What is postpartum discharge?
During postpartum, you will likely experience heavy bleeding that is a combination of blood, mucus, placental tissue, and other discharge. This bloody discharge is called lochia, and can persist for up to six weeks after childbirth. This is your body’s way of getting rid of the uterus lining that developed throughout pregnancy. Your flow should get lighter and less bloody over time, and you should consult a doctor if an extremely heavy flow continues for several weeks. It is likely to be dark red for about three days, and should be lighter and more pink in subsequent days. Small clots and uterine cramps are normal, but alert your doctor if you notice clots larger than a quarter or experience significant pain, as this could be a sign of medical complications.
What are postpartum pads?
Postpartum pads are soft, light, and absorbent pads specially designed to absorb heavy postpartum bleeding. You should prepare for postpartum by getting some pads ahead of time so that you can prepare for your postpartum period. Be sure to look at the ingredients of the products you buy, as synthetic ingredients and artificial fragrances can irritate your skin, which is likely to be especially insensitive postpartum. This list of the “toxic twelve” includes some ingredients that you should make sure to avoid when selecting products that are right for you. If you want heavier absorbency, you can go for postpartum briefs, and panty liners are a good option for light flow. With this product guide, you can identify the products that are best for your needs. You may want to buy pads or briefs for the first few days and liners for when your flow lightens. Be sure to change your pads or briefs every couple of hours, or less frequently as your flow gets lighter. You can also get some disposable mesh underwear to help manage your postpartum period.
Why does urinary incontinence happen postpartum?
In addition to your postpartum period, you may experience temporary urinary incontinence postpartum. Bladder leaks can happen because your pelvic floor muscles may be weakened from the stress of childbirth, making it easy for urine to slip out. Leaks can happen throughout the day, or when you laugh, sneeze, or cough. This is normal, and your postpartum pads or briefs can be used to manage your bladder leaks in addition to your postpartum period. You may want to change your pads more often if they are being used to absorb blood as well as urine. Temporary incontinence is normal, and is nothing to worry about.
What else can I do to manage my bladder leaks?
Aside from postpartum pads and other products you may use, you can also consider the help of a pelvic floor therapy specialist who can help you rebuild strength in your pelvic floor muscles. A specialist, who you can find at this directory, can show you the proper technique for kegels and other pelvic floor exercises that you can do as you recover. This will strengthen your muscles and accelerate your recovery. You may also experience constipation, and should drink lots of fluids and consult your doctor if that occurs. A specialist can also help you with abdominal exercises that can help your core muscles recover faster and accelerate the process of losing excess weight from pregnancy.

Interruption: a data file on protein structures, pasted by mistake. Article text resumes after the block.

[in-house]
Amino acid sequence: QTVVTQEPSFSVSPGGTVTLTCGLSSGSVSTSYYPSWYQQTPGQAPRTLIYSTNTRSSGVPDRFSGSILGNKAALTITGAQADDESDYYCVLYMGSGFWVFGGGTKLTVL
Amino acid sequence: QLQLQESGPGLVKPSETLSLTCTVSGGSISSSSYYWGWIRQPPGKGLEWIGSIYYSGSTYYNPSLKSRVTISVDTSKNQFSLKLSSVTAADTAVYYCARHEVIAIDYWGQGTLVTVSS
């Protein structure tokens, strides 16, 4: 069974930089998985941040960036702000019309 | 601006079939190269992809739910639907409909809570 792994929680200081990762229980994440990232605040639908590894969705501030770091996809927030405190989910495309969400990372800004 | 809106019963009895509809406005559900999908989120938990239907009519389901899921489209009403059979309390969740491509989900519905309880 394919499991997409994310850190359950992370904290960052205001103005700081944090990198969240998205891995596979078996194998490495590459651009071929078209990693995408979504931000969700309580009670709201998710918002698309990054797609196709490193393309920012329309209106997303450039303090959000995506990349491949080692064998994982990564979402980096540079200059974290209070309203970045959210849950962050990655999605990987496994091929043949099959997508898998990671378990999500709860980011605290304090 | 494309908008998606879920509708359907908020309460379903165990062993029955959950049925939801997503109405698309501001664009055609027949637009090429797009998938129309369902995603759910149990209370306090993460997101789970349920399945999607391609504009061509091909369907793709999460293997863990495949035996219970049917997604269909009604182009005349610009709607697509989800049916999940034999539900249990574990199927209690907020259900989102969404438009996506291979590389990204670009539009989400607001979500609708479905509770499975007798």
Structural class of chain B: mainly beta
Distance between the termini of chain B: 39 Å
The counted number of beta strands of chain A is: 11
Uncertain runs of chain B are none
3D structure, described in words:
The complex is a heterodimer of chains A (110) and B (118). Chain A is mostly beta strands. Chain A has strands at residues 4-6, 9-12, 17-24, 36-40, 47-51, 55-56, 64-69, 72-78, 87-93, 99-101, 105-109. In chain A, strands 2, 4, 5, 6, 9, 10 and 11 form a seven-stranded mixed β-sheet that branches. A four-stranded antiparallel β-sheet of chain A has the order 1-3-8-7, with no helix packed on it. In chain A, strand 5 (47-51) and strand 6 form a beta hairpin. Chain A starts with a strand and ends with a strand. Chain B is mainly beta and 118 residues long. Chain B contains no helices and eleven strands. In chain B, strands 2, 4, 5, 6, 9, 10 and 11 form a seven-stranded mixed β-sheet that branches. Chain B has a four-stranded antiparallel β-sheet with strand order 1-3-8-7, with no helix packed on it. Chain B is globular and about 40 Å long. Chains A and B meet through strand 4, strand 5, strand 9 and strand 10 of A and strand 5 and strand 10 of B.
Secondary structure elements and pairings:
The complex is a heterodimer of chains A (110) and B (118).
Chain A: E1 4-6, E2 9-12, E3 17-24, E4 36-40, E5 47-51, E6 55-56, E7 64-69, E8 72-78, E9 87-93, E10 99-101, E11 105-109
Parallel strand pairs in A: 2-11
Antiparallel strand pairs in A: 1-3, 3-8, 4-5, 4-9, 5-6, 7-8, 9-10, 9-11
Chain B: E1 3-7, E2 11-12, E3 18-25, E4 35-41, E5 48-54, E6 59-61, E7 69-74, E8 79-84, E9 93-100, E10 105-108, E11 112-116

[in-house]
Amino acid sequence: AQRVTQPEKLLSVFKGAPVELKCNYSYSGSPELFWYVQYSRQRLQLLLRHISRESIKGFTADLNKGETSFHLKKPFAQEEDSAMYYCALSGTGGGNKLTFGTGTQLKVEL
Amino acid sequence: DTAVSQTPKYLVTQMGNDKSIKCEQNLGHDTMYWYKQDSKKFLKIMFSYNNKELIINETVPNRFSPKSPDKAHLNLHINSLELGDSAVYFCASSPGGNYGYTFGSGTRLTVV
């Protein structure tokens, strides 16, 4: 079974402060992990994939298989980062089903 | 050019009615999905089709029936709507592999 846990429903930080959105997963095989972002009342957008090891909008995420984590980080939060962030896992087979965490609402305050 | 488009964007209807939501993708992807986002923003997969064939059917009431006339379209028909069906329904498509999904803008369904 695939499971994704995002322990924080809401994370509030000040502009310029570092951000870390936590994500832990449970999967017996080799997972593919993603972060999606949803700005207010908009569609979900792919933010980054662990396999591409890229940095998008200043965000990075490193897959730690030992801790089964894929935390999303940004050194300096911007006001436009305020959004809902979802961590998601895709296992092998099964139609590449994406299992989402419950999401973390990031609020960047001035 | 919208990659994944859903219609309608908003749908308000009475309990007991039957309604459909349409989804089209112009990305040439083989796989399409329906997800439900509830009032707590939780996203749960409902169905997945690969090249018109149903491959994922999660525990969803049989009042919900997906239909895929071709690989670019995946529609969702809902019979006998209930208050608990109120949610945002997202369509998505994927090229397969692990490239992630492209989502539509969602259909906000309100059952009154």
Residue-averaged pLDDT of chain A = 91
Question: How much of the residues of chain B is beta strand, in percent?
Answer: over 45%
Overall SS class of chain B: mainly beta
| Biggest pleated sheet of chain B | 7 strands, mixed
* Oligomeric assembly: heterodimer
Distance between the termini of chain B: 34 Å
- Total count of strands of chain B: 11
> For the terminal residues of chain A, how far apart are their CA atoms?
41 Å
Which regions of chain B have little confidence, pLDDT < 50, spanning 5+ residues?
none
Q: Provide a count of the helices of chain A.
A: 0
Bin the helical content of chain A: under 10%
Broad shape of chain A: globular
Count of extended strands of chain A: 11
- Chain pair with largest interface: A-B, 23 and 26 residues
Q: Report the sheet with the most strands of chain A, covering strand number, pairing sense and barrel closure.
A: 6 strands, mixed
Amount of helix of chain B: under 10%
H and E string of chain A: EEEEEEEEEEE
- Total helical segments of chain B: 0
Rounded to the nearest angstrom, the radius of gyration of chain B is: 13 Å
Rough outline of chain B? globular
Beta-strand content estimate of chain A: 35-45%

How do I manage discomfort during my postpartum period?
Painkillers can help to alleviate the discomfort you may feel with the heavy bleeding as you recover. Additionally, warm baths, epsom salt baths, or cooling pads can help minimize your pain. Be sure to consult a doctor before using epsom salts or painkillers, as they may have specific advice. You may also be experiencing swelling or bloating, as it is normal to have some fluid retention leading to swollen feet. It is important to stay well hydrated and have a nutritious diet with lots of fruits and vitamin-rich vegetables as your body slowly readjusts. Perhaps most importantly, be sure you are getting enough sleep both at night and during the day when your baby is napping.
What medical complications should I be aware of?
As you experience postpartum bleeding, some pain and discomfort is to be expected. However, you should keep an eye out for more severe medical complications, especially hemorrhaging, prolapses or pre-eclampsia. A hemorrhage is an instance of severely heavy bleeding that requires immediate medical attention. If you have persistently heavy bleeding, large clots, dizziness, or fever, you should consult a doctor immediately. During a prolapse, your organs (bladder, urethra, or uterus) may shift, putting pressure on your vagina and creating discomfort. Depending on its severity, you may need to either take more rest or get surgery. Do not hesitate to ask your doctor if you experience pressure or other types of persistent discomfort in your vagina, especially if painkillers are not sufficient in helping you feel better. Pre-eclampsia is high blood pressure that you may have experienced during pregnancy, and can also occur several weeks postpartum. Both of these complications require medical attention, and it is important to watch out for them.
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